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I’ve been discussing a score piece with my tutor Ed Kelly the last few tutorials. The scores were a very important part of Fluxus and I am interested in making a piece that builds on this tradition.

The idea is to make a simple website that prompts people with actions (scores) to do – and to make it truly social the scores should be added by users.

One way of doing it could be posting them through Twitter with a custom tag (like #SomeoneSays)

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A classic Fluxus score by George Brecht ‘Three Lamp Events’

and curating them on a custom mobile friendly website. Scores could show up in random order or as soon as they are posted and users might get an alert – push or sms if possible.

I wrote some test scores to examplify what I mean.

“Lay your head on the keyboard and roll it back and fourth. Post it as your next status message.”

 ”Read the tweets in your feed aloud. As if were a script for a play.”

 ”Slowly close the screen of your laptop down just so much that it is still on. Kneel on the floor and use the computer like you normally would.”

 ”USE CAPSLOCKS FOR AN INTIRE DAY.”

 ”Post ‘Charlie bit my finger ‘ to your Facebook status. Three times in a row.”

 ”Only post photographs of food that look dull and icky”

 ”Like everything in your newsfeed”

someone

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It was my 4th trip to Cannes Lions this year and it was even bigger than ever – a lot more new categories, more speakers, more submissions, more winners. And on top of all that it was the 60th year anniversary of the festival also.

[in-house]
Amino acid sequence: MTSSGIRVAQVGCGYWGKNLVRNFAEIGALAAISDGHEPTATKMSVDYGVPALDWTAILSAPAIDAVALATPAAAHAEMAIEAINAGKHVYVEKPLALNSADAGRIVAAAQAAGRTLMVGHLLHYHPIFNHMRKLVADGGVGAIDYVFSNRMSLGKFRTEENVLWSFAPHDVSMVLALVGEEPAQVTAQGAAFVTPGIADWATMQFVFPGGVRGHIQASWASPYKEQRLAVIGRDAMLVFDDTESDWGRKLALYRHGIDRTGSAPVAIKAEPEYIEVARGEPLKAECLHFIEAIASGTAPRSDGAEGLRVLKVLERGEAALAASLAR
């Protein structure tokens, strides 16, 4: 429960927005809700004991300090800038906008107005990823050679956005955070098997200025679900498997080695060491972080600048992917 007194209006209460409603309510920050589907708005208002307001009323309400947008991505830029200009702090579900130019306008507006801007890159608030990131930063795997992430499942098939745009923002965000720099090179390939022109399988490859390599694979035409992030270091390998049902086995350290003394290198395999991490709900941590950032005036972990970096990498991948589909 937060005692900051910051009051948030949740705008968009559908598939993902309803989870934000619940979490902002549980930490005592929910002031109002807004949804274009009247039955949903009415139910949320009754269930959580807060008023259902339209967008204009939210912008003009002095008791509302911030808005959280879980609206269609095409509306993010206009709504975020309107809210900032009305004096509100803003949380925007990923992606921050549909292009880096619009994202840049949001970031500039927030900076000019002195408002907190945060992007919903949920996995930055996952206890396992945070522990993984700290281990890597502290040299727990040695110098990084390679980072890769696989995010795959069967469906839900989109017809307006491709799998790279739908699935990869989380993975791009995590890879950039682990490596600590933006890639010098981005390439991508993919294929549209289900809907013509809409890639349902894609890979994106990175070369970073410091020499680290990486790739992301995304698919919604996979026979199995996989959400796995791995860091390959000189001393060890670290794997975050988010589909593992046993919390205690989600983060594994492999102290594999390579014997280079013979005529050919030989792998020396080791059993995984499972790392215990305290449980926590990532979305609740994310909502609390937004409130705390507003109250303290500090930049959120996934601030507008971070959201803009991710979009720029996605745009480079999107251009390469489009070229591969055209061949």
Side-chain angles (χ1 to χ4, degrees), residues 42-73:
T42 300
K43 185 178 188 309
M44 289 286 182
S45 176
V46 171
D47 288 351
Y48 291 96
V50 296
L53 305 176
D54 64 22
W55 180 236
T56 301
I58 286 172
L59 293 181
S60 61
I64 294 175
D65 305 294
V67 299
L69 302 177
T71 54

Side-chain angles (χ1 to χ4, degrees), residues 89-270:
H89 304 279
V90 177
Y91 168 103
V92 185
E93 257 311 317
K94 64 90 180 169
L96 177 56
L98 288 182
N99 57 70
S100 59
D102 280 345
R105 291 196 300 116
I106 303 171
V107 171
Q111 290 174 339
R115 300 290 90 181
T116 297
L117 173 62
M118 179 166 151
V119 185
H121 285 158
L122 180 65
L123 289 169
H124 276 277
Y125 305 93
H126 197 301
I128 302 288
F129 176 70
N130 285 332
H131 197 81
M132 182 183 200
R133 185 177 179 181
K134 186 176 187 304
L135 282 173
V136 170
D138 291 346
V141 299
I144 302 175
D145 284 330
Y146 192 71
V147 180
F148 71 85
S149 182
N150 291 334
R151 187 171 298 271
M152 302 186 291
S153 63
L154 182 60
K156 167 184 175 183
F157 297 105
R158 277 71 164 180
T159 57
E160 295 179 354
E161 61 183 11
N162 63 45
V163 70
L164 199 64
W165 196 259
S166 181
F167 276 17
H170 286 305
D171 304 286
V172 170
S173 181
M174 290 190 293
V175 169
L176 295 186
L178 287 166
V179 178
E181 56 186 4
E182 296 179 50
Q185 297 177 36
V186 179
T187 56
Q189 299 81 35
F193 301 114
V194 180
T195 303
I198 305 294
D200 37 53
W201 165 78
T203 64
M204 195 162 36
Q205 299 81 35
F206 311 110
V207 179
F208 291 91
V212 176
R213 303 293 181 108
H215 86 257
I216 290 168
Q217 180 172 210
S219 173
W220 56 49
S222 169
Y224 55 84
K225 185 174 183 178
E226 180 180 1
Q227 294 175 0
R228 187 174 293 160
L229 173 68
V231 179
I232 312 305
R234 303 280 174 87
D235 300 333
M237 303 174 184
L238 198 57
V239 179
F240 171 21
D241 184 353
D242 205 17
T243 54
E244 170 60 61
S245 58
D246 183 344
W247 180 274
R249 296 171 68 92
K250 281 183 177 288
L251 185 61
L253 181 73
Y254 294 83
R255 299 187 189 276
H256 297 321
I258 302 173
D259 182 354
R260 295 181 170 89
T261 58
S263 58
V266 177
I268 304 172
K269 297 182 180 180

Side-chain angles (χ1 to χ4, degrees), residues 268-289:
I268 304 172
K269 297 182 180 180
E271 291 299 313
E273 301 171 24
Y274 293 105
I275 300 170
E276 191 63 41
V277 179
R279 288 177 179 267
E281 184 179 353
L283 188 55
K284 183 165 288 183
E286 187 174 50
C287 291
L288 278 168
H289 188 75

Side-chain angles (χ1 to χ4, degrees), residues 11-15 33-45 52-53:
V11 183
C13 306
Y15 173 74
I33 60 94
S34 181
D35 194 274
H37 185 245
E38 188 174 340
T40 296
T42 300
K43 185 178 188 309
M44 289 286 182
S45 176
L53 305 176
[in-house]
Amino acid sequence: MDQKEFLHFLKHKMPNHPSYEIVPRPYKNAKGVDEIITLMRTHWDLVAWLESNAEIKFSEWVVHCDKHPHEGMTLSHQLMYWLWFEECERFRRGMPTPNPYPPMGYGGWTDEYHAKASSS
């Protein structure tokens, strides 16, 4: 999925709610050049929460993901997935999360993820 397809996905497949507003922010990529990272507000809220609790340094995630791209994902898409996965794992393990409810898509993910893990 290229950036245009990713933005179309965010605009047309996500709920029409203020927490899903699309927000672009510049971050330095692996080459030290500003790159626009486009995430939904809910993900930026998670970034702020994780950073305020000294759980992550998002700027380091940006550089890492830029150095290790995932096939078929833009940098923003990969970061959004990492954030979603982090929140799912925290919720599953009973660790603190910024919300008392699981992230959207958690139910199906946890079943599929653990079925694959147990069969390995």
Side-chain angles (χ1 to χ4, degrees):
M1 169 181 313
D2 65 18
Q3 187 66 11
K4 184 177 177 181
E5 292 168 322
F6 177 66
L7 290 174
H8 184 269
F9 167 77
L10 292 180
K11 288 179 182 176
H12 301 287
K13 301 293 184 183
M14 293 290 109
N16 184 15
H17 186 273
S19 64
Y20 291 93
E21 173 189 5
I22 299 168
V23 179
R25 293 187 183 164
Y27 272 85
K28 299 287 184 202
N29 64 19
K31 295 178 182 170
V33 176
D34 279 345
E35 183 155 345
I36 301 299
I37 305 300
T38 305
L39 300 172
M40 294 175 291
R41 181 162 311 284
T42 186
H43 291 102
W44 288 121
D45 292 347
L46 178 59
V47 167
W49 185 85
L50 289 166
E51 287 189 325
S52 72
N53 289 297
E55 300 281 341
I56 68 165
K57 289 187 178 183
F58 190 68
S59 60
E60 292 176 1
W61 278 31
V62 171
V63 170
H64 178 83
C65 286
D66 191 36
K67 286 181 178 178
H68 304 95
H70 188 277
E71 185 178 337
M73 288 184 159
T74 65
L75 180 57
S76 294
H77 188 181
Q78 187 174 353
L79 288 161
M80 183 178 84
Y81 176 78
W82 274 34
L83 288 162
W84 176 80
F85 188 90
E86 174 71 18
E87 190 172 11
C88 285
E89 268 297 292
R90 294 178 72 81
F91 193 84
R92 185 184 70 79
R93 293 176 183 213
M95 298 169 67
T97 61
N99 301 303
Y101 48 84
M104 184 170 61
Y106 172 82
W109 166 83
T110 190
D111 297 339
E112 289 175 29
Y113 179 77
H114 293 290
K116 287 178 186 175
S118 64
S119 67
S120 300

I like the mix og viewing work and going to seminars and this year I tried to focus on anything about social media. So, naturally one of the people I knew I had to see was Twitter’s Chief Media Scientist Deb Roy (also an associate professor at MIT). His talk was called ‘Social Soundtrack’ and was a in depth look at how social media (and especially live social media like Twitter) effects the way we experience the world. Using examples from TV – it’s a well known fact that TV is now a two-screen experience – he talked about how expression of an experience is both an amplifier and a memory trigger. He made two points.

1. When we share and experience we remember it better.

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2. Because we are social beings, we are automatic drawn to do what others are doing. 
E.G. I f we walk on the street and someone looks up we naturally will do the same.

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His conclusion was lent from physics force = mass x acceleration.

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Lonely Tweets is a beautiful yet simple project showcasing lonely people’s use of Twitter. It uses live source like my latest project also does.

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Hola!

I have just returned from 3 days at the digital culture festival OFFF in Barcelona, which I had decided to go on for research and inspiration for my MA. It was a really good experience even though I only new a few of the speakers beforehand. Actually, I am sure that this was a really good thing, because I felt that this made me more open to stumble upon new artists.

Here are some of the speakers that inspired me the most:

Lucy McRae